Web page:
We eventually planted those that survived the transplant in the front of the house.
They are now huge and their spikey leaves would deter the most determined intruder.
Burrawangs are members of the cycad family. Though they are a minor component of the plant kingdom today, during the Jurassic period they were very common and have changed little since then, compared to some major evolutionary changes in other plant life.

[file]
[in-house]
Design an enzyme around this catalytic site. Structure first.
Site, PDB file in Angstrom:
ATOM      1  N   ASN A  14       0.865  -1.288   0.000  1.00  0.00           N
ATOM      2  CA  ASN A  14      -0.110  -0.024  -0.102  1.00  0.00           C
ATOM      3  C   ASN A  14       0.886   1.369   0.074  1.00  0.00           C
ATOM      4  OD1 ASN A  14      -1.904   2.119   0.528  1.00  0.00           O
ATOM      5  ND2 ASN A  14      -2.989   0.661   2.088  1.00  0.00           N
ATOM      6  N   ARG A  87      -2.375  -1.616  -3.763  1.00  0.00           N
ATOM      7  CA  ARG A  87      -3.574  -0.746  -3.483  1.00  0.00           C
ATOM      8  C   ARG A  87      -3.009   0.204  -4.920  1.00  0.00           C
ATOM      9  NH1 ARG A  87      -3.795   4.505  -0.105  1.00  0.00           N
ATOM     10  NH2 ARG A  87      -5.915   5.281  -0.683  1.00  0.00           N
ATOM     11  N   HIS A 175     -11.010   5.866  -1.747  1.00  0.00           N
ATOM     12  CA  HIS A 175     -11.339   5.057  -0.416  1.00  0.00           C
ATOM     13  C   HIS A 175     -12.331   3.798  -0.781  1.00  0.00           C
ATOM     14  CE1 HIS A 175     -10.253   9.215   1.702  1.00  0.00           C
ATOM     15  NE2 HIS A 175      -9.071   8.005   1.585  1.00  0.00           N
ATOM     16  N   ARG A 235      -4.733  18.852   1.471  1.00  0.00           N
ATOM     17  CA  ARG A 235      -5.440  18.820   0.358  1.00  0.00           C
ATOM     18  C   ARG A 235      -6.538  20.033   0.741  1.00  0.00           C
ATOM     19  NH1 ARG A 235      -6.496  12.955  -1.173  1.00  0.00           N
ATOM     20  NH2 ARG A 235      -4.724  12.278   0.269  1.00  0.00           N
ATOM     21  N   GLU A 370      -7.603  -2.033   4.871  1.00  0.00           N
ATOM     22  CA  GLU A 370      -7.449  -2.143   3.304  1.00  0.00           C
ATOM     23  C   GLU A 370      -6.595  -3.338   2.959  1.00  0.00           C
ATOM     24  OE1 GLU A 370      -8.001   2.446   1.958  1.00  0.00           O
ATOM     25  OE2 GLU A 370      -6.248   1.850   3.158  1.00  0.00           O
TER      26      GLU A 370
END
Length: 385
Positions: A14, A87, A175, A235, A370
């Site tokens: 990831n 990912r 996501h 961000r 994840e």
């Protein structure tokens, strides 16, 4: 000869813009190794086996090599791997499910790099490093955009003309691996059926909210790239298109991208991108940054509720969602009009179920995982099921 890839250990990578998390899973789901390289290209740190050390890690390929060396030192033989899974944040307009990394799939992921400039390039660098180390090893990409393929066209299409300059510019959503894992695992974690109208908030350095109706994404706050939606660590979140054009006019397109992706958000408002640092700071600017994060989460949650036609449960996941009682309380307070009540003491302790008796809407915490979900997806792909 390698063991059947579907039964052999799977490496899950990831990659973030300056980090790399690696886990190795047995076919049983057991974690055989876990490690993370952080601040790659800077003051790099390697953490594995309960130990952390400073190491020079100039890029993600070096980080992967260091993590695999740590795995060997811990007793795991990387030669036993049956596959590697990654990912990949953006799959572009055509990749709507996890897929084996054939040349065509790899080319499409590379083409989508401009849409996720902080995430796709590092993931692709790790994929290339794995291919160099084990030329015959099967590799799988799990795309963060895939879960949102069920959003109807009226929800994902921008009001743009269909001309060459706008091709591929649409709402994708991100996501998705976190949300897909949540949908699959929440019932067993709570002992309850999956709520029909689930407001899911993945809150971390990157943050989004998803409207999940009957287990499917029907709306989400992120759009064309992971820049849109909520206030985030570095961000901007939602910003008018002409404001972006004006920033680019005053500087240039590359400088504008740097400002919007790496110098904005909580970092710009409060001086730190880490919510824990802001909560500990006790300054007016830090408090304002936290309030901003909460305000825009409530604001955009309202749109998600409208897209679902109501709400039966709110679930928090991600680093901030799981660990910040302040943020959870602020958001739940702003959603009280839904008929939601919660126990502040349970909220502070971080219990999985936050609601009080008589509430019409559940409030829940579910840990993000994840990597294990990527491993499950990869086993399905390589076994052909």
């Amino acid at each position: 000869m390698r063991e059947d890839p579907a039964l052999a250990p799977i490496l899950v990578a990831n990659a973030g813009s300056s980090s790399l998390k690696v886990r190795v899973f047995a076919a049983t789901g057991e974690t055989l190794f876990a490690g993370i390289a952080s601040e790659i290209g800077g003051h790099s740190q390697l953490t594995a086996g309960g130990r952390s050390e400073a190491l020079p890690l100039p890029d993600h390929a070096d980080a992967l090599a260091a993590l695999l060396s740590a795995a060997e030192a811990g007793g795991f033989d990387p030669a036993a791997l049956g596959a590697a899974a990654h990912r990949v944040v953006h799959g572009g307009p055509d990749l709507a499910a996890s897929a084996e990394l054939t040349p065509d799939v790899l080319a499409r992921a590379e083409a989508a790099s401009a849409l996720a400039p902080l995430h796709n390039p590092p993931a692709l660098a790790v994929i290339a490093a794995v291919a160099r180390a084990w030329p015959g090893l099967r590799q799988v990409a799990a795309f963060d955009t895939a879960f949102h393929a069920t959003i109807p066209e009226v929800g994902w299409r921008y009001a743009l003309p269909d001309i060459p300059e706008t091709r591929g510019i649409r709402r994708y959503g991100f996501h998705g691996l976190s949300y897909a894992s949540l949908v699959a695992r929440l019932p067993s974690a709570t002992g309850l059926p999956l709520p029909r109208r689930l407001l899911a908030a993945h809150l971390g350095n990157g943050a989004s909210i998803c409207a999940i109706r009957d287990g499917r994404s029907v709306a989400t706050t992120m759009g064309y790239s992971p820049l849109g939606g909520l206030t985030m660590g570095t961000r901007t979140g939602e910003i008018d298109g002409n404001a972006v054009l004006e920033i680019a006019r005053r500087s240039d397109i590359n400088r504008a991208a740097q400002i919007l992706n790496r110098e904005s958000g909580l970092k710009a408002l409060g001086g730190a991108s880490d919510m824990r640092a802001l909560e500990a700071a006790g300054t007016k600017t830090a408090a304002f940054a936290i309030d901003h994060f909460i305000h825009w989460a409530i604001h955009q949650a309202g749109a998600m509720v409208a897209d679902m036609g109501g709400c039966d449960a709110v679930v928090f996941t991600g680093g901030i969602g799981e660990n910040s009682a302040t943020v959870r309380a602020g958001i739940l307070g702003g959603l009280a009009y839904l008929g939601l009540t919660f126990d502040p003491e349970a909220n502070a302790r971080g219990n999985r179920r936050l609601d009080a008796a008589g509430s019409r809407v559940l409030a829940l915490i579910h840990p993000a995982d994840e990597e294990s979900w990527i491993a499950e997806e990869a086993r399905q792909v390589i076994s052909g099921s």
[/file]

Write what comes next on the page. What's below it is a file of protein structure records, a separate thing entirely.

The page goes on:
The individual plants are either male or female and the latter very occasionally produce seed cones.
When ripe, the cone on the female plant breaks apart to release the large, bright red seeds.
I have never noticed any pollen producing male cones on any of our plants.
The seeds are a good source of starch but are poisonous. It is suggested not even to touch the cones as the poison can be absorbed through the skin.
Local Aboriginal people however know how to convert them, safely, into a food.
The plants are prolific in our area, particularly as understorey in spotted gum forests and can live for 120 years.